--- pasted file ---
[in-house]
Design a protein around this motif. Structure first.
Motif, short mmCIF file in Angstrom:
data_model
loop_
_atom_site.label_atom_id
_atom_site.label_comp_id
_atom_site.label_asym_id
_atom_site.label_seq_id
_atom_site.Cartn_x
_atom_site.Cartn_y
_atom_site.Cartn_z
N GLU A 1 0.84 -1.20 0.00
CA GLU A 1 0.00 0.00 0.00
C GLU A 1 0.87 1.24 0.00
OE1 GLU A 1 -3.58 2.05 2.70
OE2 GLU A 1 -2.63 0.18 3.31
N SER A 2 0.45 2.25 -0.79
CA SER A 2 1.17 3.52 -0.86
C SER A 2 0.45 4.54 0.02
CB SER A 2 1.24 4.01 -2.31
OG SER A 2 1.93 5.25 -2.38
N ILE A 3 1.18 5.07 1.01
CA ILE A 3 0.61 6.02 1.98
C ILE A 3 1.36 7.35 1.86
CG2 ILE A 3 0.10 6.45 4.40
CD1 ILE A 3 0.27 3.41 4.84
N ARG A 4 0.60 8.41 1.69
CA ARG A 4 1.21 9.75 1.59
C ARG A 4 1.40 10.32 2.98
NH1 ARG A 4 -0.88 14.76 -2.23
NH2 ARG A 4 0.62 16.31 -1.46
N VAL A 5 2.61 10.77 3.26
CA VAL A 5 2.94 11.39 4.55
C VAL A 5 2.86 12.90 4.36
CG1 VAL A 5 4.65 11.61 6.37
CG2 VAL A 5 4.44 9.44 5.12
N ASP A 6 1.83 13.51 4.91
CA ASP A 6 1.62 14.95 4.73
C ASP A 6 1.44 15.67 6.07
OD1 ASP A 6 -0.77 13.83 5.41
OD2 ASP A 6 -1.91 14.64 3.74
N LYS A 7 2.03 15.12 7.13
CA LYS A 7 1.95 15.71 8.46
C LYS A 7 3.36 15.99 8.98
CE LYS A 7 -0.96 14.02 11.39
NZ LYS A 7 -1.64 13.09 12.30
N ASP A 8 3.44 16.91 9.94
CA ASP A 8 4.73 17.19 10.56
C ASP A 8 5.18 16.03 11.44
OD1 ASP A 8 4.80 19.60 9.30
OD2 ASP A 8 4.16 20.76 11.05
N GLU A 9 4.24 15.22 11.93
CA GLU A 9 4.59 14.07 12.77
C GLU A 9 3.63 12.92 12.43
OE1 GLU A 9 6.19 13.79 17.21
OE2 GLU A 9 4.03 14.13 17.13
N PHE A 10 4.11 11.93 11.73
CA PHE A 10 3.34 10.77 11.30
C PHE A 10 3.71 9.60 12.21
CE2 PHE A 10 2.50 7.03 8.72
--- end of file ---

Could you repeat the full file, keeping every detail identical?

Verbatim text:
[in-house]
Design a protein around this motif. Structure first.
Motif, short mmCIF file in Angstrom:
data_model
loop_
_atom_site.label_atom_id
_atom_site.label_comp_id
_atom_site.label_asym_id
_atom_site.label_seq_id
_atom_site.Cartn_x
_atom_site.Cartn_y
_atom_site.Cartn_z
N GLU A 1 0.84 -1.20 0.00
CA GLU A 1 0.00 0.00 0.00
C GLU A 1 0.87 1.24 0.00
OE1 GLU A 1 -3.58 2.05 2.70
OE2 GLU A 1 -2.63 0.18 3.31
N SER A 2 0.45 2.25 -0.79
CA SER A 2 1.17 3.52 -0.86
C SER A 2 0.45 4.54 0.02
CB SER A 2 1.24 4.01 -2.31
OG SER A 2 1.93 5.25 -2.38
N ILE A 3 1.18 5.07 1.01
CA ILE A 3 0.61 6.02 1.98
C ILE A 3 1.36 7.35 1.86
CG2 ILE A 3 0.10 6.45 4.40
CD1 ILE A 3 0.27 3.41 4.84
N ARG A 4 0.60 8.41 1.69
CA ARG A 4 1.21 9.75 1.59
C ARG A 4 1.40 10.32 2.98
NH1 ARG A 4 -0.88 14.76 -2.23
NH2 ARG A 4 0.62 16.31 -1.46
N VAL A 5 2.61 10.77 3.26
CA VAL A 5 2.94 11.39 4.55
C VAL A 5 2.86 12.90 4.36
CG1 VAL A 5 4.65 11.61 6.37
CG2 VAL A 5 4.44 9.44 5.12
N ASP A 6 1.83 13.51 4.91
CA ASP A 6 1.62 14.95 4.73
C ASP A 6 1.44 15.67 6.07
OD1 ASP A 6 -0.77 13.83 5.41
OD2 ASP A 6 -1.91 14.64 3.74
N LYS A 7 2.03 15.12 7.13
CA LYS A 7 1.95 15.71 8.46
C LYS A 7 3.36 15.99 8.98
CE LYS A 7 -0.96 14.02 11.39
NZ LYS A 7 -1.64 13.09 12.30
N ASP A 8 3.44 16.91 9.94
CA ASP A 8 4.73 17.19 10.56
C ASP A 8 5.18 16.03 11.44
OD1 ASP A 8 4.80 19.60 9.30
OD2 ASP A 8 4.16 20.76 11.05
N GLU A 9 4.24 15.22 11.93
CA GLU A 9 4.59 14.07 12.77
C GLU A 9 3.63 12.92 12.43
OE1 GLU A 9 6.19 13.79 17.21
OE2 GLU A 9 4.03 14.13 17.13
N PHE A 10 4.11 11.93 11.73
CA PHE A 10 3.34 10.77 11.30
C PHE A 10 3.71 9.60 12.21
CE2 PHE A 10 2.50 7.03 8.72